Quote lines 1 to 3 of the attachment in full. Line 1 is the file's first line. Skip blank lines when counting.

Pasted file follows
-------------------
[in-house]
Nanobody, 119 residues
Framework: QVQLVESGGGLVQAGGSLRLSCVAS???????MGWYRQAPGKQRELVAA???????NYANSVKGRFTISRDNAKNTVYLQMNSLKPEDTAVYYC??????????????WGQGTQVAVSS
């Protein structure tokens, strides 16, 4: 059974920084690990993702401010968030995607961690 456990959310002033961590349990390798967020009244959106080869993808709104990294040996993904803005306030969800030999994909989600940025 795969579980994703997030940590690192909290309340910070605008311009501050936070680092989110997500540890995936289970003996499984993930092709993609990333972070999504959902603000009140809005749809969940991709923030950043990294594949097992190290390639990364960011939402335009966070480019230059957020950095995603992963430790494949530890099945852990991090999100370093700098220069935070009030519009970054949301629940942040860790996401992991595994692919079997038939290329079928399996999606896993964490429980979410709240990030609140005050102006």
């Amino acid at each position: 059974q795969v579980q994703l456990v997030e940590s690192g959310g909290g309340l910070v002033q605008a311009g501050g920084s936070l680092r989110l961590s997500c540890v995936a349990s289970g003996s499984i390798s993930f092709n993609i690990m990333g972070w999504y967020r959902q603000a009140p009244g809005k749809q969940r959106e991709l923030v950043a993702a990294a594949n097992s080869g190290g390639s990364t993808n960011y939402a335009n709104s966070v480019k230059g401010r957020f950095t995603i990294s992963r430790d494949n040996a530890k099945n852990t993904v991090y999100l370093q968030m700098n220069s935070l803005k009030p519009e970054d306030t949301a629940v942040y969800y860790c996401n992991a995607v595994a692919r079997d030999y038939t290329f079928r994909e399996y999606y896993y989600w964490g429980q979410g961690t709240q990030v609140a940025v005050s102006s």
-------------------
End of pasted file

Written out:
[in-house]
Nanobody, 119 residues
Framework: QVQLVESGGGLVQAGGSLRLSCVAS???????MGWYRQAPGKQRELVAA???????NYANSVKGRFTISRDNAKNTVYLQMNSLKPEDTAVYYC??????????????WGQGTQVAVSS